When they arrived at the railroad station in Niagara Falls, Ontario, Dickens saw “two great white clouds rising up from the depths of the earth.” He was frantic to see the wonder of the Falls up close and off they wildly raced. Dickens literally “dragged Kate down the deep and slippery path” that led to the ferry boat which took them to the very foot of the Falls. “There was a bright rainbow at my feet and from that I looked up to – great Heaven! to what a “fall of the bright green water.” Before him “was Beauty unmixed with any sense of Terror.” The stimulation of the sight and sound caused him to perspire freely.
The Dickens booked rooms at an inn that overlooked the Falls and spent the next ten days in complete relaxation. Charles was entranced by the Falls, and came each day to stare and marvel at its magnificence. The sound and sight of the “vague immensity” as it eased over the edge then plunged down the sheer rock face, conjured up an “image of the eternal.” It recalled for him another image, that of his dear departed sister-in-law, Mary Hogarth, whom he had loved and whose memory he cherished all of his life. He believed her spirit looked down on him from this eternal place as a result of which the site became sacred and sanctified in his mind.
As well as Niagara Falls the Dickens visited Toronto and Kingston. He visited the jail when he passed through the latter city in 1842 and recorded that he saw this “beautiful girl of twenty who had been in jail for several years.” She had, he wrote, “quite a lovely face though there was a lurking devil in her bright eyes which looked out pretty sharply from between her prison bars.” The young woman had acted as a courier for William Lyon Mackenzie and his compatriots when they occupied Navy Island. When on one occasion she attempted to steal a horse, she was caught, convicted as a rebel and jailed.
While Dickens was in Montreal he produced, directed and acted in three plays, two comedies and a farce of which he modestly declared, “I really do believe I was very funny.” Shortly after this acting interlude Charles and Catherine visited Quebec City which he found entrancing.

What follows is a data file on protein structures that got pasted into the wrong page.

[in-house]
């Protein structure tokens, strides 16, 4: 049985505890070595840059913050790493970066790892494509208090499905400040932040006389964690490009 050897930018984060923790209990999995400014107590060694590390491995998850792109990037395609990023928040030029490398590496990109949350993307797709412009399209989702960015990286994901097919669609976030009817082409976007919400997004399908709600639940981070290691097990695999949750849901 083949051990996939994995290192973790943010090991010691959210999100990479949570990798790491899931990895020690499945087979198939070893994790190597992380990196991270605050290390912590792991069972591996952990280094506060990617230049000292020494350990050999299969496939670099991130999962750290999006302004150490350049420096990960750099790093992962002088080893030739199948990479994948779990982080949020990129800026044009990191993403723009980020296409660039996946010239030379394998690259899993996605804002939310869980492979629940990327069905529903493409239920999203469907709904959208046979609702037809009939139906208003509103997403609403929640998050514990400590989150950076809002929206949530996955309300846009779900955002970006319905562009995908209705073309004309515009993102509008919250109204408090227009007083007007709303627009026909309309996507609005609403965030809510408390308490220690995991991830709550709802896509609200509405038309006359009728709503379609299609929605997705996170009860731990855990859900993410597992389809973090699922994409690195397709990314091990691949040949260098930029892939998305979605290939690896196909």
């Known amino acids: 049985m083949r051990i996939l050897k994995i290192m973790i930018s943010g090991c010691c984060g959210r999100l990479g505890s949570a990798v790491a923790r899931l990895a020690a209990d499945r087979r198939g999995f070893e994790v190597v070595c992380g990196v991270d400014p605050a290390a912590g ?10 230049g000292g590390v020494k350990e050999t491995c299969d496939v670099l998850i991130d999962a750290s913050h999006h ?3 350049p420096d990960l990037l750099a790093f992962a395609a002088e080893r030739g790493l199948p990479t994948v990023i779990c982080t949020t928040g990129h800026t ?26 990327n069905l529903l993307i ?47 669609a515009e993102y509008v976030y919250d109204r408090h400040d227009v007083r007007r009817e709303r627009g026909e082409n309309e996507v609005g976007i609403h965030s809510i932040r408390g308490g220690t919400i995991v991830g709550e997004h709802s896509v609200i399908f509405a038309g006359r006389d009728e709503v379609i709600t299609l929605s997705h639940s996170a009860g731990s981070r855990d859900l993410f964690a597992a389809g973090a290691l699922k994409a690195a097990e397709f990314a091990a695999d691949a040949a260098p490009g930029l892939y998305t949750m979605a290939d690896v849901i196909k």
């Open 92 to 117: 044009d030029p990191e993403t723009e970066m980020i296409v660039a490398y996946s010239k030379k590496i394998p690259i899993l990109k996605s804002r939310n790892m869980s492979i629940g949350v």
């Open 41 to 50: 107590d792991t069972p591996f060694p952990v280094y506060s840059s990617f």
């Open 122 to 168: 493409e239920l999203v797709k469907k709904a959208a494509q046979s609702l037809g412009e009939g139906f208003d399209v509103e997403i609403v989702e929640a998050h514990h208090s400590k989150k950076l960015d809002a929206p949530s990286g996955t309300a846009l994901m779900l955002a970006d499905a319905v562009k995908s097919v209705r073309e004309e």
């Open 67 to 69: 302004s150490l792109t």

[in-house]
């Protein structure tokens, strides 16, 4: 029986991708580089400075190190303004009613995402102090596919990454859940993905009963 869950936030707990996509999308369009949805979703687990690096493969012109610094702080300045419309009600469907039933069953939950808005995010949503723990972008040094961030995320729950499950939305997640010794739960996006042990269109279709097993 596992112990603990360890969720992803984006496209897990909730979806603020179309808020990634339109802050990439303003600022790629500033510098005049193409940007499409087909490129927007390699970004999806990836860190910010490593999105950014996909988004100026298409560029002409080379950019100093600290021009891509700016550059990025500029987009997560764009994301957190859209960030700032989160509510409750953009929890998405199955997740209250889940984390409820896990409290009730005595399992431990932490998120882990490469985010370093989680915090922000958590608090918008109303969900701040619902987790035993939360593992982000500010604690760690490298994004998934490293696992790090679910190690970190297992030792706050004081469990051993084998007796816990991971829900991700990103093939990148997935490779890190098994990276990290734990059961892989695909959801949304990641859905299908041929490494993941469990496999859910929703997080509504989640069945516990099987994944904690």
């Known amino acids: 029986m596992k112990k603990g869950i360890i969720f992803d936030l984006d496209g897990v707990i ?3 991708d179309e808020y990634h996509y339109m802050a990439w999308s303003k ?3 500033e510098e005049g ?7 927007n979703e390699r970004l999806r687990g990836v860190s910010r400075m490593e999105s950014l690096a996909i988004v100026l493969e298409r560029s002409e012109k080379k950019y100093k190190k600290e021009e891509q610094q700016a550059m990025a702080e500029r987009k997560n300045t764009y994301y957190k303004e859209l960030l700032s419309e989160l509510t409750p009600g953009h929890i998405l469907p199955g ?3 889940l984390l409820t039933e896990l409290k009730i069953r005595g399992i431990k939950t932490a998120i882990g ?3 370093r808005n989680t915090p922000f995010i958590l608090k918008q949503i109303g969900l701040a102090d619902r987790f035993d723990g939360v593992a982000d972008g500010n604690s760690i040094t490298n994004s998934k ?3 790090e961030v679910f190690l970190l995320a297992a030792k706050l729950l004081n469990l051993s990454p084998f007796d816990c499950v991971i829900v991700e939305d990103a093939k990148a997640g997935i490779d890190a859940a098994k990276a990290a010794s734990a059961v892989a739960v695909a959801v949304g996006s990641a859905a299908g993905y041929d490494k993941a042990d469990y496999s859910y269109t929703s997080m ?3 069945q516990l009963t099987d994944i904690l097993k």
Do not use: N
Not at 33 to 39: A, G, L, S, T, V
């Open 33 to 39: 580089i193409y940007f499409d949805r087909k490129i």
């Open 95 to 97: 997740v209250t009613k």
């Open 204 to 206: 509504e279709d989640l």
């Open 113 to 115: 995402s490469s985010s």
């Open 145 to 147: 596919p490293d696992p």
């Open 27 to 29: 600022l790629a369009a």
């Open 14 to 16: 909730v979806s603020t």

“The steamboats to Quebec perform the journey in the night; that is to say they leave Montreal at six in the evening and arrive at Quebec at six next morning. We made this excursion during our stay in Montreal (which exceeded a fortnight) and were charmed by its interest and beauty. The impression made upon the visitor by this Gibraltar of America: its giddy heights; its citadel suspended as it were in the air; its picturesque steep streets and frowning gateways; and the splendid views which burst upon the eye at every turn: is at once unique and lasting. It is a place not to be forgotten or mixed up in the mind with other places or altered for a moment in the crowd of scenes a traveller can recall. Apart from the realities of this most picturesque city, there are associations clustering about it which would make a desert rich in interest. The dangerous precipice along whose rocky front Wolfe and his brave companions climbed to glory; the Plains of Abraham where he received his mortal wound; the fortress so chivalrously defended by Montcalm; and his soldier’s grave, dug for him while yet alive by the bursting of a shell; are not the least among them among the gallant incidents of history. That is a noble Monument too and worthy of two great nations which perpetuates the memory of both brave generals and on which their names are jointly written.”